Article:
RIGA - Latvians who helped to save Jews during the Nazi occupation of Latvia received Israel's highest award to non-Jews on Feb. 2, marking the Jewish community's celebration of 100 years since the birth of Latvian Janis Lipke on Feb. 1. Lipke is credited with saving 55 Jews.

Ronit Ben Dor, interim chargťe d'affaires of Israel's embassy to the Baltic states gave the Yad Vashem to Olga Kruzmane, still living, and the members of the Pukis and Susters families, descendants of other Latvians recognized at the Jewish Community Center for their valor and self-sacrifice to save others during World War II.

In her address, Ben Dor cited Lipke as one of the brightest examples of those who risked their lives not for gain, but as "human beings" who hid Jews in the "dire hour of truth." 

"There is absolutely no question of what would have happened to them if the authorities would have found out about their actions," Ben Dor said. 

Zanis Lipke lived on Kipsala island among Jews and Roma. When the war began, Lipke was recruited to the German army, Ben Dor recounted. While he served as a driver, he had an opportunity to employ people from the ghetto. 

"In this way, he was saving their lives," said Ben Dor, as he understood very well what awaited them in the ghetto."

With the help of two women friends, Maria Keller and Maria Lindenberg, who hid around 20 people, the total number rescued by Lipke was 55. 

Olga Kruzmane was present at the ceremony. Born in Latvia in 1917, Kruzmane met Yakov Schneider in 1939 and a year later became engaged to him. 

When the German occupation began, Schneider went to live with Kruzmane in a Riga suburb. For a year and a half he spent most of the time in her flat, venturing out only to meet friends he could trust. In January 1944, he brought to Kruzmane's apartment his uncle, Kopel Schneider and his friend, Abraham Spungin for an unknown reason returned to the Riga ghetto.

On Dec. 10, 1944, five Latvian policemen appeared in Olga's apartment and arrested her and Schneider. They were held in separate cells at the Gestapo building where during an interrogation, Kruzmane saw Schneider for the last time. From there she was transferred to the central prison, then to the concentration camp at Salaspils, ending up in the concentration camp at Ravensbruck where she was released in 1945.

The Pukis and Susters families hid Jews in an especially designed, 4 meter by 4 meter chicken coop.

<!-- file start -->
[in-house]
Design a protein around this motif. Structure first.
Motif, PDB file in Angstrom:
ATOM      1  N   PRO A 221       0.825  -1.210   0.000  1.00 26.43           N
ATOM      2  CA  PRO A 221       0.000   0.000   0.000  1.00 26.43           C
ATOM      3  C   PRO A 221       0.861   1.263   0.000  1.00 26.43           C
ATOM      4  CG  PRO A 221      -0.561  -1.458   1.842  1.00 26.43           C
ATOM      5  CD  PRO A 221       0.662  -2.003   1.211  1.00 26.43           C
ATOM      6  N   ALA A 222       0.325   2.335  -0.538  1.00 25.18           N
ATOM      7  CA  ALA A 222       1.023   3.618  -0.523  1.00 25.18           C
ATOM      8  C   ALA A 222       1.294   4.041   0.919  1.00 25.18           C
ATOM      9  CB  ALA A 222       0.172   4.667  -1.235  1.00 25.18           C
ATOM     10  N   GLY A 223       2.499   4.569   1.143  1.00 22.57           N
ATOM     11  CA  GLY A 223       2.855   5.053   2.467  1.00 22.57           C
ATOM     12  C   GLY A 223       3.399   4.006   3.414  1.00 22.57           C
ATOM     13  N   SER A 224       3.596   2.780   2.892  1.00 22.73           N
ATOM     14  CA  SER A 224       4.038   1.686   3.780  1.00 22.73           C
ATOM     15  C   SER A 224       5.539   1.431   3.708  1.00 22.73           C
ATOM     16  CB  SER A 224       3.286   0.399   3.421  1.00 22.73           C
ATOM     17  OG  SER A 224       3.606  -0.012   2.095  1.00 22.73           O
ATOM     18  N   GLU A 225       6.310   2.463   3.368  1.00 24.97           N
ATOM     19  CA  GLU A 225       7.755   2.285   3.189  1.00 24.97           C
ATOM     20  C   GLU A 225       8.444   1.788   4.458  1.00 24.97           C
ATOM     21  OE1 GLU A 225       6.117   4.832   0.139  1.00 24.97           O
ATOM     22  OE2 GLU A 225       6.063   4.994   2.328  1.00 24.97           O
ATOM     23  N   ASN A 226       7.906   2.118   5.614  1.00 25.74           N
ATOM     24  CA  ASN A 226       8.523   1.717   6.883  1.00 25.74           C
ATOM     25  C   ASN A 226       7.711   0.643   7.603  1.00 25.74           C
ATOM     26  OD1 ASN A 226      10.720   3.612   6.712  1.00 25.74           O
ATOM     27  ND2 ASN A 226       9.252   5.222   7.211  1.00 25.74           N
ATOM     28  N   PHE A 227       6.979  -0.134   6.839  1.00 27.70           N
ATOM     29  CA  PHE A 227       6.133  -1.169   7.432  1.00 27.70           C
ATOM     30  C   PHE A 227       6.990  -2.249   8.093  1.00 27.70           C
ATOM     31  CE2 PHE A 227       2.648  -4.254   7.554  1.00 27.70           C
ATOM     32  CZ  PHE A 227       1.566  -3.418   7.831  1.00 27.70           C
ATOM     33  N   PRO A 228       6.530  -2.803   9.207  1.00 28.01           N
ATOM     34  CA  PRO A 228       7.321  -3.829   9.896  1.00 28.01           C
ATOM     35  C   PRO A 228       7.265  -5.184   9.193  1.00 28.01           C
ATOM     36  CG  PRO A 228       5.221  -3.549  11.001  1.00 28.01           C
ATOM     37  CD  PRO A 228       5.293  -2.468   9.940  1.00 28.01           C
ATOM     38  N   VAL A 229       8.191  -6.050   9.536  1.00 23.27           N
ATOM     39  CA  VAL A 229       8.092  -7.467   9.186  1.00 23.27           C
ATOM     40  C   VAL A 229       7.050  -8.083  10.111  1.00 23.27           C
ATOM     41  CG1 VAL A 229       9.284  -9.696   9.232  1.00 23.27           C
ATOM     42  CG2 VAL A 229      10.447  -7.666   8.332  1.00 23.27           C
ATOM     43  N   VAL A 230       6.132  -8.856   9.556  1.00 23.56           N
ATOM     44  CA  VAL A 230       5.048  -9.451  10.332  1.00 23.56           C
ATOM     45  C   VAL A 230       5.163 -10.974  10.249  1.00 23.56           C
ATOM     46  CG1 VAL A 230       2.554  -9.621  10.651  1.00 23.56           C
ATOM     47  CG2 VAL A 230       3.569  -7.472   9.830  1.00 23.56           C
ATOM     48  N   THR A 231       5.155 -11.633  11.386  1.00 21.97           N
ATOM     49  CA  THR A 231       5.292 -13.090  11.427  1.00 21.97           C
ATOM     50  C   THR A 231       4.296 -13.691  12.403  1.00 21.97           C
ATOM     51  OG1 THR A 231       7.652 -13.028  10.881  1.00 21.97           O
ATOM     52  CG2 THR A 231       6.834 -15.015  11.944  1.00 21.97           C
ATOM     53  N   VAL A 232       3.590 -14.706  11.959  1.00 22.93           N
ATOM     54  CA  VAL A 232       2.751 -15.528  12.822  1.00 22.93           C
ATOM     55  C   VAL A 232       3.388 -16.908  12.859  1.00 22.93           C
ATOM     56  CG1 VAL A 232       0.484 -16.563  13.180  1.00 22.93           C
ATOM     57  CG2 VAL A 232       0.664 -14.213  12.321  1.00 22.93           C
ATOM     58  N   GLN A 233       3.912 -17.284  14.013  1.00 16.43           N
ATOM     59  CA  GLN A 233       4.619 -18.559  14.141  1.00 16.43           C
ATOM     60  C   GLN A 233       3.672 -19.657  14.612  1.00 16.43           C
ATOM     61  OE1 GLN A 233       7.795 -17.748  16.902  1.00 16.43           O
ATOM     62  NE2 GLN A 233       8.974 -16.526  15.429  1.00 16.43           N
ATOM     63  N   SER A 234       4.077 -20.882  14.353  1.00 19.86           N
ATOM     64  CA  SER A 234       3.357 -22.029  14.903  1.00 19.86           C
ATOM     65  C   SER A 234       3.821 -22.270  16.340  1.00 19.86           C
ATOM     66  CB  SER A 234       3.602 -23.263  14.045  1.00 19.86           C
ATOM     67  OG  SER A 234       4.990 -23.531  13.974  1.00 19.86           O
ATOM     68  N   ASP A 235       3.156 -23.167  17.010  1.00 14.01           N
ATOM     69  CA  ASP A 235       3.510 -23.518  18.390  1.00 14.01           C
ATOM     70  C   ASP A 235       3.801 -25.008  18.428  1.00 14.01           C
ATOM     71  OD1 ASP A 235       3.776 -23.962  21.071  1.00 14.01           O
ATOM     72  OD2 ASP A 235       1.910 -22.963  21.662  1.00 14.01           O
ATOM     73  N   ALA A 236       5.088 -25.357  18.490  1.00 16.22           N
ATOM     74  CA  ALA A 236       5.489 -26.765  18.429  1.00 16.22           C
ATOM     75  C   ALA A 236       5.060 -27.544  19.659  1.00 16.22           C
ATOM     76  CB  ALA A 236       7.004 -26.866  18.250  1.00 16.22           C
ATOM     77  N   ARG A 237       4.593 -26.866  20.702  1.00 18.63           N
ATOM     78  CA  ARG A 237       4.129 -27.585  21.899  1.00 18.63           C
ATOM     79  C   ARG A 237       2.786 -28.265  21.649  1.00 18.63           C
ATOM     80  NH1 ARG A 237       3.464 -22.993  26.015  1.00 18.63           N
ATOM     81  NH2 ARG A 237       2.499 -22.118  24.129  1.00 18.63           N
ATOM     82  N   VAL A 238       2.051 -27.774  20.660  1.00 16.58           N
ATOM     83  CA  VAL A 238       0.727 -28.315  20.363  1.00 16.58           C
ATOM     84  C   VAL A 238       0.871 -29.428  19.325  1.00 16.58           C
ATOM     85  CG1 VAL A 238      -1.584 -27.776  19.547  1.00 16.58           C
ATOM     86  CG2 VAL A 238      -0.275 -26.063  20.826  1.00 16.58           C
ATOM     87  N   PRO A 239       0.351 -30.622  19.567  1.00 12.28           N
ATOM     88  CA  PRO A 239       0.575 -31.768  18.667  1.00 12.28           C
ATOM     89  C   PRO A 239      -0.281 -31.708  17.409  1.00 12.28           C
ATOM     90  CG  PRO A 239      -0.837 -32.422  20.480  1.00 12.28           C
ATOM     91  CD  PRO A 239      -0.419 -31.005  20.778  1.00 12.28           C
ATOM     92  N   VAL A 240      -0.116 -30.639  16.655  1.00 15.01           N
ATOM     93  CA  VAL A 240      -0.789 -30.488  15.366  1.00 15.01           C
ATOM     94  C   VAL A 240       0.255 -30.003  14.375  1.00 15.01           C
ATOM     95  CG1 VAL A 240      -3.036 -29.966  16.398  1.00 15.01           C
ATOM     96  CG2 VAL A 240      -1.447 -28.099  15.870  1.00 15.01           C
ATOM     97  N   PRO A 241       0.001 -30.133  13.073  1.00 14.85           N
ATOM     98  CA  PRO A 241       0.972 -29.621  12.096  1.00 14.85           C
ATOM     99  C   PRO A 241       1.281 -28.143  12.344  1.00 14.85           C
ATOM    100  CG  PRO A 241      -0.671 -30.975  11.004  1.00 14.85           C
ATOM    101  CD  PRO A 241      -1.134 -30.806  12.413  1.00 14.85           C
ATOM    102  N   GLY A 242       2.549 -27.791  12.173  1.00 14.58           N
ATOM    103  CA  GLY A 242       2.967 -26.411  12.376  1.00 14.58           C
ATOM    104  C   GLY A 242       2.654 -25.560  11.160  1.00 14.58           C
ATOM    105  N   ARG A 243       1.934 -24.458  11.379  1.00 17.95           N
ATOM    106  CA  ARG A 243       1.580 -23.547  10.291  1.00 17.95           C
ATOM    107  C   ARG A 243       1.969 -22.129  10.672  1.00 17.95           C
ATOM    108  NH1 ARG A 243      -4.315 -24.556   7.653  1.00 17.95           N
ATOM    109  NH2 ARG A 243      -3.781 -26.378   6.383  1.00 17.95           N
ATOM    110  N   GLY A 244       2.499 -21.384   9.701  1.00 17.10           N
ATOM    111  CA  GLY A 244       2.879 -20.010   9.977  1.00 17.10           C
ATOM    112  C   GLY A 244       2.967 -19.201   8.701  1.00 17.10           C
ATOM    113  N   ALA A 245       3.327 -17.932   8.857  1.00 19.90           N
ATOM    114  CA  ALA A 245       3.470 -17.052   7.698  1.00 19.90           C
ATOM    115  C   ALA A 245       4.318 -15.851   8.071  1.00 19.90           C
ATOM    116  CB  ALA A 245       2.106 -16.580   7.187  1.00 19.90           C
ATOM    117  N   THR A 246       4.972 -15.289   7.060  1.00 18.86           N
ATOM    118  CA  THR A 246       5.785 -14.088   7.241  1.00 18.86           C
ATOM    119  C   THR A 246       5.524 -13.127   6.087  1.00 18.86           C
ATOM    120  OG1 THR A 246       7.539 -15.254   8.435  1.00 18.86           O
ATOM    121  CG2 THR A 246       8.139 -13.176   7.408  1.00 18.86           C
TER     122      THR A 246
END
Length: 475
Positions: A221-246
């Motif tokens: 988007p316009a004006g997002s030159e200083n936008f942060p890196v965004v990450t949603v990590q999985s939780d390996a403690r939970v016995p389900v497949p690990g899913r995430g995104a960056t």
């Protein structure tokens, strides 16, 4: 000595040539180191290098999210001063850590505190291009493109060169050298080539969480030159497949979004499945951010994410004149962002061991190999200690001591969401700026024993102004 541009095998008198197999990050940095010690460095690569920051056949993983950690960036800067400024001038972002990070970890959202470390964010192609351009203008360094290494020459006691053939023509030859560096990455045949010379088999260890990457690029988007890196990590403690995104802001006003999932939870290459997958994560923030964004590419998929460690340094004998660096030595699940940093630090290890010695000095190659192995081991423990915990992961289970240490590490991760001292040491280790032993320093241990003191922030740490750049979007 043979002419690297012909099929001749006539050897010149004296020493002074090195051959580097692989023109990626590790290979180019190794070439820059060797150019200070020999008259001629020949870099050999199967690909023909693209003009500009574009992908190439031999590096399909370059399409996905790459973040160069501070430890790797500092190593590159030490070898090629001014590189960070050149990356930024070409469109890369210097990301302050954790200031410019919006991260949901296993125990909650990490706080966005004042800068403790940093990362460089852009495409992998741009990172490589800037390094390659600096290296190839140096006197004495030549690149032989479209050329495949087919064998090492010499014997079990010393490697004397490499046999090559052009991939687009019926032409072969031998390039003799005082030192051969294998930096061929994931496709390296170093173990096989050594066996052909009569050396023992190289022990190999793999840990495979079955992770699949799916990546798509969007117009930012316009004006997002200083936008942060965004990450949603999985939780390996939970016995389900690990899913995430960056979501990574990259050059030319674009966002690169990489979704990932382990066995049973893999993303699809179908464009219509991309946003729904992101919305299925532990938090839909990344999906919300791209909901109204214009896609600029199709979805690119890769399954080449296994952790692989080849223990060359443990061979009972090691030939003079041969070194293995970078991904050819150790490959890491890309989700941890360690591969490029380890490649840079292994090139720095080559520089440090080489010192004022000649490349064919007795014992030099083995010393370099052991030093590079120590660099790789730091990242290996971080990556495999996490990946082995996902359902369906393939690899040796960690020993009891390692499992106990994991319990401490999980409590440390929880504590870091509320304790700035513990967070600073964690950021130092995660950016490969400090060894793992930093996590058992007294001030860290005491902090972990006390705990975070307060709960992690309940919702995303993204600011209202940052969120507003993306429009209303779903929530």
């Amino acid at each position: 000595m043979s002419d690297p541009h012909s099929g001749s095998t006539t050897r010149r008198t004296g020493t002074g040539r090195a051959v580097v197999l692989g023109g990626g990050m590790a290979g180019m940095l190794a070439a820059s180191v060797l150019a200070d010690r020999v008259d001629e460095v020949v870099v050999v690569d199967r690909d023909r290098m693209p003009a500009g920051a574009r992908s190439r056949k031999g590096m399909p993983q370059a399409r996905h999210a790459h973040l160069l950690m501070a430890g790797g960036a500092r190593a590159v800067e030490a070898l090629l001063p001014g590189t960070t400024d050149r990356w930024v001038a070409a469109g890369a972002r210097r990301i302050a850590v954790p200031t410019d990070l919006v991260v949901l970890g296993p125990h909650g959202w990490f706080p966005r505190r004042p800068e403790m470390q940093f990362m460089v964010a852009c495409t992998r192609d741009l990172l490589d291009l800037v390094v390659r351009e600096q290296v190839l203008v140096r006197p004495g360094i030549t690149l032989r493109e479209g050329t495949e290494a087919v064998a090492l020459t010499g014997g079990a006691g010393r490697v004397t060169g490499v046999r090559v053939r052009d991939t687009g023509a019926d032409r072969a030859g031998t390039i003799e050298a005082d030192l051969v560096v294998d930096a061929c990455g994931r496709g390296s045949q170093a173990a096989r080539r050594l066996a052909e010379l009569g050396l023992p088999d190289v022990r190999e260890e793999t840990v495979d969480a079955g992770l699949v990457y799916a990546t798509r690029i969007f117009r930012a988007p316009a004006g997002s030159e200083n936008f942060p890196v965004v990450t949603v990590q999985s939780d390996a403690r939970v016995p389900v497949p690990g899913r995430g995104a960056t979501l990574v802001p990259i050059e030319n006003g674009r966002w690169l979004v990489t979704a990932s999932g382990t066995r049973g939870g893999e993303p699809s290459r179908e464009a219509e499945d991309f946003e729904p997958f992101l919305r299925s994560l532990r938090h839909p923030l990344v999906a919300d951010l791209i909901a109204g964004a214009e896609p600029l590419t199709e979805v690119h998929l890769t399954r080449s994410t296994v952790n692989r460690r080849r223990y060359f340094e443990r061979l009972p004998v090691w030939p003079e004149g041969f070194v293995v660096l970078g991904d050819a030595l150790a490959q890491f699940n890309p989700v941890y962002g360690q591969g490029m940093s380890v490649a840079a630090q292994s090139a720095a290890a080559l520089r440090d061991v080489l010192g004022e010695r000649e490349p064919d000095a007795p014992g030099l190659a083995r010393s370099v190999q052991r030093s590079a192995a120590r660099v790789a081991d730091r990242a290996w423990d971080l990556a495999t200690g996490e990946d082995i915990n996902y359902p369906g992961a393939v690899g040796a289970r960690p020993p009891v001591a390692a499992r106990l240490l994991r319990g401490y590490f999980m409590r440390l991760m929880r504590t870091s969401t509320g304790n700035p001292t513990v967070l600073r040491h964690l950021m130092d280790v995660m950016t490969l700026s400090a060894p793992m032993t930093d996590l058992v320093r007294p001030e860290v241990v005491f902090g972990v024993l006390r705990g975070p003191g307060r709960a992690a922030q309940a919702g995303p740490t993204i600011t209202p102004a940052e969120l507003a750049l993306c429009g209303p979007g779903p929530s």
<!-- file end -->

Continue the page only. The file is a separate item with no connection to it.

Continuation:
Ieva Dzene had three daughters, Elza, Anna and Emilija who married and lived in Aizpute in the Kurzeme region. Elza and Anna were married to Pukis' brothers while Emilija married Gerhards Susters and had a son aged 10. Anna was pregnant. Elza's husband Karlis Pukis was a tailor but worked in the peat marshes near Aizpute where they used slave labor during the Nazi occupation. 

In 1943, he met four Jewish convicts of the Riga ghetto and agreed to help them run away. At the beginning they were hidden in Ieve Dzene's attic and then to the home of the Susters' where they hid in a hen coop especially engineered for them, Ben Dor said. 

The four could leave the coop only at night, but one night a neighbor saw them and informed the police. Susters' house was searched, but the people and the coop were not found. Still, the whole family was arrested except Emilija because her handicapped son could not move without her help.

As the police left, Emilija told the four hideaways to leave, giving them a gun with bullets. A short while later, the Jews were caught in the forests and killed. "The fate of the saviours was bad," Ben Dor said. Gerhards Susters was executed. Karlis and Elza Pukis, Janis Pukis Janis Susters and Ieva Dzene were sent to a concentration camp in Schtuthoff. Only Elza survived the camp. Anna was released from a prison when she was due to give birth.

In giving the awards, Ben Dor said that acts of heroism and acts of atrocity are
individual choice.

"There exists a stereotype to transfer either heroism or shame of certain individuals on the entire nation," she said. "It's a fallacy, a wrong notion which has to be broken, because every act of heroism, as well as every atrocity committed by a human being is an individual choice and individual responsibility. It bears neither fame nor shame on the entire nation.

The service was attended by High Rabbi Natans Barkans and a leader of the Jewish community, Grigory Krupnikov.

Asked whether the timing of the event related to the Holocaust conference in Stockholm on Jan. 26-28, Krupnikov said that he had no control over Zanis Lipke's birth on Feb. 1.
Ben Dor alluded briefly to Latvia's tangled past brought to the foreground once again by the controversy over the extradition and trial of accused Latvian war criminal Konrads Kalejs.

Latvia should be proud of people like the Lipkes, Kruzmanes, Susters and Pukis, "and Latvia is being faced with one of its courageous hours, but will it be able to face its past openly and honestly? 

"One of the most painful things is that there were criminals among the Latvians. Of course, there will always be criminals, but the crimes of the Holocaust period stand out as particularly horrible, because they were perpetuated in the name of an ideology, the main aim of which was to annihilate members of the human race whose identity was considered different," said Ben Dor. "As her excellency, the president of Latvia said, 'our readiness to regard a fellow human being as a brother shows the difference between barbarism and civilization.'"

Under provisions of the law, Yad Vashem, enacted in Israel in 1953, the Holocaust Martyrs' and Heroes' Remembrance Authority has located and honored some 15,000 persons all over Europe, who saved Jews during the Holocaust, risking their own lives. Their names are inscribed on the wall of honor in the Garden of the Righteous at Yad Vashem Museum in Jerusalem.

The Baltic Times

Crimes Against Humanity Holokausts Latvij‚ The Holocaust